In January 1949, narcotics officers raided the couple’s hotel room in San Francisco and found a small amount of opium. Levy quickly talked his way out of trouble and left Holiday to fend for herself. Fortunately, the charge was eventually thrown out. But upon returning to New York in May of that year she still had no cabaret card. Apparently Levy’s pull only extended far enough to get police to look the other way when Holiday performed at his club.
Holiday eventually ran away from Levy, sneaking away down a fire escape in late 1950. While she would continue to sing to adoring crowds throughout the world until her tragic early death from liver and heart disease in July 1959, Holiday never again performed in a New York City nightclub. A law that was supposed to disempower unscrupulous creeps like Levy had given him the power to turn a great artist into his personal slave and potential patsy.
The corruption of the cabaret card licensing process became a public controversy in 1960. On October 20, the comedian Lord Buckley was dramatically dragged off stage at the Jazz Gallery by plainclothes police officers for failing to disclose on his application two minor arrests from the 1940s. A few weeks later, Buckley would perform for free at a Police Honor Legion dinner—a “first step” in getting his card back. There it was intimated that he could be reinstated for “not less than one hundred,” according to a later account by his manager, Paris Review founder Harold “Doc” Humes. Buckley would die two days later, November 12, 1960. While accounts of his last days vary greatly, it is generally agreed that he was in a manic state, brought on by what Humes called “the exquisite Chinese torture that passes for the standard operating procedure of the Police Cabaret Bureau.”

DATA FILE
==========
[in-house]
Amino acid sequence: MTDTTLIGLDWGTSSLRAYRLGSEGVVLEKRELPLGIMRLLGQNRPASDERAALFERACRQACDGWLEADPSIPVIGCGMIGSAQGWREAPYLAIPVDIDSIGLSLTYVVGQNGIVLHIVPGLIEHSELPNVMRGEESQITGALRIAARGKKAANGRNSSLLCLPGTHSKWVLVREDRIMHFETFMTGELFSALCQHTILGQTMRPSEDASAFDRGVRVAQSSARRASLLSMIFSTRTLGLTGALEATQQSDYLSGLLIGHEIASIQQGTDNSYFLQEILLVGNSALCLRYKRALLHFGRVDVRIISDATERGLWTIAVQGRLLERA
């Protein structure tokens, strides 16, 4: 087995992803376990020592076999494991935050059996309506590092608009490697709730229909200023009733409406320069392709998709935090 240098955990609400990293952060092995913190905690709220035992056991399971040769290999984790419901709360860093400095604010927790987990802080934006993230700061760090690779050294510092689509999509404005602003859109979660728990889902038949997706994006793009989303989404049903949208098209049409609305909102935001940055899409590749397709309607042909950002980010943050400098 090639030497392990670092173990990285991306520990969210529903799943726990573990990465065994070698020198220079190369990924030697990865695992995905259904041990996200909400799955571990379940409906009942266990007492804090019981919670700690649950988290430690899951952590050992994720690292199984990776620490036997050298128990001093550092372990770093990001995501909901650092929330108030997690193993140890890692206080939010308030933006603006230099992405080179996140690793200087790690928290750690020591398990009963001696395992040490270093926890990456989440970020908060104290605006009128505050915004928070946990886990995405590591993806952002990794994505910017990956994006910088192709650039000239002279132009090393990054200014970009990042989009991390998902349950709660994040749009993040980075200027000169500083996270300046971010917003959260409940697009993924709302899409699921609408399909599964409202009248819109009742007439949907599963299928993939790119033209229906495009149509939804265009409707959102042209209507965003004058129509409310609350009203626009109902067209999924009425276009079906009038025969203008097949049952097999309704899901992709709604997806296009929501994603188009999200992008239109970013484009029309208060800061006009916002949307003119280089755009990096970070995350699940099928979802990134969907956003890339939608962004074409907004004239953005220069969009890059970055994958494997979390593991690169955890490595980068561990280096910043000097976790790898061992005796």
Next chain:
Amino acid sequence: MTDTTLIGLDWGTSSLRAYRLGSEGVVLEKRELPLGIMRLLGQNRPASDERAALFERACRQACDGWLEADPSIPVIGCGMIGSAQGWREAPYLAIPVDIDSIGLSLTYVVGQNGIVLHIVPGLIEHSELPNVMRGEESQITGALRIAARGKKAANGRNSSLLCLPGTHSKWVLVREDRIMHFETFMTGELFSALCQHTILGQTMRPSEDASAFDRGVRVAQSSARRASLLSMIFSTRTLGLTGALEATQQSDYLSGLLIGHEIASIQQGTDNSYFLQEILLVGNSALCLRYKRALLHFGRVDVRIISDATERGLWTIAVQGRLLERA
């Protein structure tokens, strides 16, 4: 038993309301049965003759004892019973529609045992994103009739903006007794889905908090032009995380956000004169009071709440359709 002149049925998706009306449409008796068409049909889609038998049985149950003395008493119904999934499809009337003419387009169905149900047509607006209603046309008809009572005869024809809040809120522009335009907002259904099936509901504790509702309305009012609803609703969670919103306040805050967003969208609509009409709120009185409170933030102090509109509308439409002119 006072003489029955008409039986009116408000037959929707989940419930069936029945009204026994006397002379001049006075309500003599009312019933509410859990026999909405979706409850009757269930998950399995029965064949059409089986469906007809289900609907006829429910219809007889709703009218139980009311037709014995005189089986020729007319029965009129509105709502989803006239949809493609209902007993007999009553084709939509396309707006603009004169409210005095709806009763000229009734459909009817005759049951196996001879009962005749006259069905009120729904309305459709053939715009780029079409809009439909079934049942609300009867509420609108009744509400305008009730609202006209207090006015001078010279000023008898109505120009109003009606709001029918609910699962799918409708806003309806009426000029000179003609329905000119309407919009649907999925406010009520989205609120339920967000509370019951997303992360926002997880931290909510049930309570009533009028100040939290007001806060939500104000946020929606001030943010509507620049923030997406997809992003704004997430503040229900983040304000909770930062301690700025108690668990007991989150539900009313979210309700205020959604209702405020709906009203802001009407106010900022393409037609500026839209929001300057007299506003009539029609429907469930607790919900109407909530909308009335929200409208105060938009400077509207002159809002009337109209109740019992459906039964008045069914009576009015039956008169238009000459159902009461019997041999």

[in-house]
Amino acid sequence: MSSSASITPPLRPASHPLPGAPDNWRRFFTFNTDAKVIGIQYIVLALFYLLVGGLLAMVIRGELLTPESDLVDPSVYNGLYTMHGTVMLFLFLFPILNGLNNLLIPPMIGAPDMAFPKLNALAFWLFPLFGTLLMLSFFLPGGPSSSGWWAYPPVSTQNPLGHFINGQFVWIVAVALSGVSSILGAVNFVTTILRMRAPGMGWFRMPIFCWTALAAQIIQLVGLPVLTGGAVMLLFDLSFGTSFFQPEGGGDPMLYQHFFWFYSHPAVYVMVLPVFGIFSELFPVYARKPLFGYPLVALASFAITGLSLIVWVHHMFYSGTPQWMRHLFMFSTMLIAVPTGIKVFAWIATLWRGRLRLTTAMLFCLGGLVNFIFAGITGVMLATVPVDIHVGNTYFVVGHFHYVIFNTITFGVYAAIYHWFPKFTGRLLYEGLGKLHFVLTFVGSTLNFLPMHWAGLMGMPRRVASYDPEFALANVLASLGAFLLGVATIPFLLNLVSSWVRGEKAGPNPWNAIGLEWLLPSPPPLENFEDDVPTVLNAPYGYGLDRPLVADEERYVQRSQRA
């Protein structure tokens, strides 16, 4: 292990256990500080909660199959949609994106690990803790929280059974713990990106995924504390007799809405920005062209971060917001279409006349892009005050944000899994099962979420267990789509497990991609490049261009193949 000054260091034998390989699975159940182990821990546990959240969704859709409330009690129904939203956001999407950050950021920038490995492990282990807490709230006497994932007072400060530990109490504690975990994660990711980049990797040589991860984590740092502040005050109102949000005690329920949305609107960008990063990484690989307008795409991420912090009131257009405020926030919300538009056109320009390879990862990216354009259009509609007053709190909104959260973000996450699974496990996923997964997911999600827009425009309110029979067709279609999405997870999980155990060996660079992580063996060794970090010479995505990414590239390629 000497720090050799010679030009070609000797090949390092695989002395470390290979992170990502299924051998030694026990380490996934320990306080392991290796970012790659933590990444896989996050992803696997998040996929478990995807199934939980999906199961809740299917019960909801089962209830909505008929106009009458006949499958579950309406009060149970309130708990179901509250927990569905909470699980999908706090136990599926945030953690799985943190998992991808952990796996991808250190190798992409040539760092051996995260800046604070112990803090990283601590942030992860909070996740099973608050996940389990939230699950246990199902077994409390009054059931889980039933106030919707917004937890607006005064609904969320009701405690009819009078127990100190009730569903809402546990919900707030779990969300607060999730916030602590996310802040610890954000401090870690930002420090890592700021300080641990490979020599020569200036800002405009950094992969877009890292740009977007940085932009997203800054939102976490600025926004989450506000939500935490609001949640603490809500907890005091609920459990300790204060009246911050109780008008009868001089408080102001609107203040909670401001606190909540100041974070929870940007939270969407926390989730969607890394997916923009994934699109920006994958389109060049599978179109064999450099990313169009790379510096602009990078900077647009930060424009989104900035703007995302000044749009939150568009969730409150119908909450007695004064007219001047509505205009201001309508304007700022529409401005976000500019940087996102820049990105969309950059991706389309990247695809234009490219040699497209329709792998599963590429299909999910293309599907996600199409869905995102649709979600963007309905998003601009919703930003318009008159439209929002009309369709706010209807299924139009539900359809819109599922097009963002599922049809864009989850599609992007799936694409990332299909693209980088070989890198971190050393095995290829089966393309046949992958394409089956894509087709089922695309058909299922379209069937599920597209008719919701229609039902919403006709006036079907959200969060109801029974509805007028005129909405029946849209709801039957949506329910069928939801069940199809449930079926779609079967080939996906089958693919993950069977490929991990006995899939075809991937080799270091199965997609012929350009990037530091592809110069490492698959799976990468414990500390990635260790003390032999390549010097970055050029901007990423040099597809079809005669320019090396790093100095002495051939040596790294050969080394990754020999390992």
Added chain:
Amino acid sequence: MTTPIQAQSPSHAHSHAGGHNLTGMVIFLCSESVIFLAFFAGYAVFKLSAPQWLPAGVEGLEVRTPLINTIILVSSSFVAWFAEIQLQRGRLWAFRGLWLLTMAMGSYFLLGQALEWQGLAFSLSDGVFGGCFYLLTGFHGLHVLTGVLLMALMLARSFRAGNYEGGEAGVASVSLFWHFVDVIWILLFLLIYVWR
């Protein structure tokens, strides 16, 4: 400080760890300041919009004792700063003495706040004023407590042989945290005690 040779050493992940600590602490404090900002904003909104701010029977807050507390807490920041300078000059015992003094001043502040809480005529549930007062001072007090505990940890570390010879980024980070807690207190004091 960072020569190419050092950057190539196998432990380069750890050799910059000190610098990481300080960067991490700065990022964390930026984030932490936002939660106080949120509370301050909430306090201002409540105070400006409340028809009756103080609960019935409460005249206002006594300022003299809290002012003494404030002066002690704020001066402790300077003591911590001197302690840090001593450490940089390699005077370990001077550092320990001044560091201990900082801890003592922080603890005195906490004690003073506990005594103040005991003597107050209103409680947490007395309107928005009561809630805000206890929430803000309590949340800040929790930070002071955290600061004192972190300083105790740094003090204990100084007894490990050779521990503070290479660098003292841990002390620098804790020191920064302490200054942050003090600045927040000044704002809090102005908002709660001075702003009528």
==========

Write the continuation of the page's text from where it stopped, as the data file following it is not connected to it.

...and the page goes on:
Buckley’s death would receive national attention and within days a committee comprised mainly of writers and editors petitioned the governor to investigate the New York City Police Department. On November 17, Gov. Nelson Rockefeller called for an internal investigation. What followed reads like something from a dystopian novel, complete with suspicious traffic stops and a 1,000-officer sweep of cabarets, justified by Police Commissioner Stephen Kennedy as an effort to prevent “rendezvous” between “criminals and persons of questionable character.”